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May and June at Gowy Meadows

Posted: Sunday 9th July 2017 by trustadmin

Gowy Meadows in May and June, guest blogger Gowy D'Amus reports the sightings of the month.

Counting wheatears on 1st May in SJ4373 was delayed by the fifth marsh harrier of the year quartering over the pond and adjacent rushes and sedges. Missing a primary from the right wing and also a tail feather she ought to be readily identifiable if opting to stick around.

More wheatears were to follow shortly after the harrier upped and headed off north-west at altitude, bringing the total on the reserve to 17 on the day and to 84 for the year. Two whinchats were amongst them and the years’ first sedge warbler chortled away – finally back! Continuing the circuit of the pond, there was next the fourth redstart of the year, followed by a pair of canada geese which came in to land on the water right in front of me… I had been standing on the shore in plain sight after failing to find any waders other than four presumed summering lapwing, so why they should land and then kick-off with endless honking defied understanding!

A week later, after walking to the reserve the long way around through Ince Lane, Speckled Wood Lane produced numbers of green larvae – seemingly of more than one species but eventually all determined as winter moth.

Scanning from the gate at the western end of the lane produced little apart from sheep and lambs, but shortly after walking into the first field an unexpected pair of gadwall came in to land on the main pond. Seven ‘pairs’ of mallard then flushed away, revealing that none are breeding unfortunately – perhaps they have already worked out that the evapouration rate will see the pond disappearing before not too long. With several kestrels known to be in the area it would have been understandable to pass off a low-flying falcon as being just that, but a mental bell rang which had me back-tracking a few paces to put binoculars on it as it came out from the other side of the hedge; a beautiful adult hobby, red thighs and all! It tore across the reserve and was at the northern boundary when it actually gained speed (!), climbing to gain altitude before stooping on something I couldn’t see. Swifts, invariably heading east into the breeze, followed in twos and threes over the next couple of hours, almost 40 all-told and often found whilst scanning through the flock after passing a flock of gulls heading north. There will have been thousands of gulls, which, on being disturbed from the landfill site to the south split allegiance between either heading east or north. The northern contingent is generally the larger but since they were passing over in droves I chose to neither count nor try to identify them… for now! Three male sedge warblers displayed their hearts out, one allowing a rare photographic opportunity.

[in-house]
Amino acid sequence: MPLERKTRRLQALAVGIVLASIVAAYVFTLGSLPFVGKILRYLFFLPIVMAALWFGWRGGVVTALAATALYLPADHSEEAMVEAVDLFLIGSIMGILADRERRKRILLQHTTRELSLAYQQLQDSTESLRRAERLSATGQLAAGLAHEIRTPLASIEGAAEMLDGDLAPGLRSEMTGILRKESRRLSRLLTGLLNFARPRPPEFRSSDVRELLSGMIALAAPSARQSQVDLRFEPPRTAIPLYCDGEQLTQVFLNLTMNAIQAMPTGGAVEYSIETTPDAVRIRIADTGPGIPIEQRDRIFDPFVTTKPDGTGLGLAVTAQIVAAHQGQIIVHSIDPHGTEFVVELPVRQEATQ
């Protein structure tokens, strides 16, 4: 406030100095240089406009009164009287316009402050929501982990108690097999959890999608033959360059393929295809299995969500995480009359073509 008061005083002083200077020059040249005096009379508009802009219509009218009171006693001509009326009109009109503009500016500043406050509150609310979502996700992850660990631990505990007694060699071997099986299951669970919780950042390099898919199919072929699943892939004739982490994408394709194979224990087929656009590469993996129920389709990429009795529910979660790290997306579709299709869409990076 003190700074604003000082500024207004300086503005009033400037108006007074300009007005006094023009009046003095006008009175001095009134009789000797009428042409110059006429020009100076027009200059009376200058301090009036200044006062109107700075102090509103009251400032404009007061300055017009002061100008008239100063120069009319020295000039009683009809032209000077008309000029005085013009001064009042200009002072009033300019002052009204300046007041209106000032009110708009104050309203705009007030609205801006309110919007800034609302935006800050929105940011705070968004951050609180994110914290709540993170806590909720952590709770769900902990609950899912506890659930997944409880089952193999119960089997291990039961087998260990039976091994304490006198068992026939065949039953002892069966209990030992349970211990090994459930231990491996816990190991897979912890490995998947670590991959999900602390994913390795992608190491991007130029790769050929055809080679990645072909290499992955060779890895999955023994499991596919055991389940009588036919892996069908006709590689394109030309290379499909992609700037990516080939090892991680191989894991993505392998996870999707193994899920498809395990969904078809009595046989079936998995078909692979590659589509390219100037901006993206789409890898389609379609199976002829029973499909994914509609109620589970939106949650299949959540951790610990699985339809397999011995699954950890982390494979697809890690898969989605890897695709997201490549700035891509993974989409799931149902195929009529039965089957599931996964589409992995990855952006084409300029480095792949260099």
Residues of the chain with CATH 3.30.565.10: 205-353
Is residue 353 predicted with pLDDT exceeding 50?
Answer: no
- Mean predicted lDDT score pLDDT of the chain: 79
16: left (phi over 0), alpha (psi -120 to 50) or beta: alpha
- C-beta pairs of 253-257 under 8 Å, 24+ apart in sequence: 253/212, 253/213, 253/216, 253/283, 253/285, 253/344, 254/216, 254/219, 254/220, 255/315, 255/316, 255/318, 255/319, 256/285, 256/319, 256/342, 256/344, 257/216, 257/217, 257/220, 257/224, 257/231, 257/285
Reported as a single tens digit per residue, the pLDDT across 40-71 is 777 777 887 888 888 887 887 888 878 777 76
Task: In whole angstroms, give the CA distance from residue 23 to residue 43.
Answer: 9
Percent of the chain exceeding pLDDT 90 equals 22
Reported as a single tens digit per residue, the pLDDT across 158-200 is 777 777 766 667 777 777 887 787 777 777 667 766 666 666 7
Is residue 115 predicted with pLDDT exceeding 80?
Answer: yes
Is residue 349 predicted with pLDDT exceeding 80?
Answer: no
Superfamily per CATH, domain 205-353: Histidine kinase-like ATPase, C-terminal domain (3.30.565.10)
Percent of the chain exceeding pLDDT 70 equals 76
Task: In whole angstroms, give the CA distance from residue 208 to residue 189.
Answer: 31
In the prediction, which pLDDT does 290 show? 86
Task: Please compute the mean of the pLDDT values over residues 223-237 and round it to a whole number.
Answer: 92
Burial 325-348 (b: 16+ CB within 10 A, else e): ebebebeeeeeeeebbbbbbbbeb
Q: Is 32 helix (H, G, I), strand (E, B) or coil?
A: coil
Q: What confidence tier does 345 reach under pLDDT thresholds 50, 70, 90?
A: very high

I had to give the south end of the pond the chance to turn up a wader so headed off in that direction, choosing to give the ‘puddle’ in an adjacent field a final look of the spring, as its unlikely to last another week before being consigned to a mere patch of dried mud again. Amazingly, there was my wader; a little ringed plover to boot! This species appeared annually over 2013-15, but with the dry conditions of last year had not turned up – or at least if it did, I didn’t see it. The actual pond revealed nothing so it was onward and westward in an increasingly strong and cooling wind. Two wheatears were a pair, but even at this stage of the year, they aren’t going to stay. Gulls passing over had by this time (midday) reduced to countable numbers and it took me just 15 minutes to ‘click-up’ 1009. Given this rate, I retro-fitted some formula or other (a guesstimate by any other name!) to get to the likelihood that upwards of 10,000 or more had headed north since I arrived within the bounds of the reserve… and they were still passing over.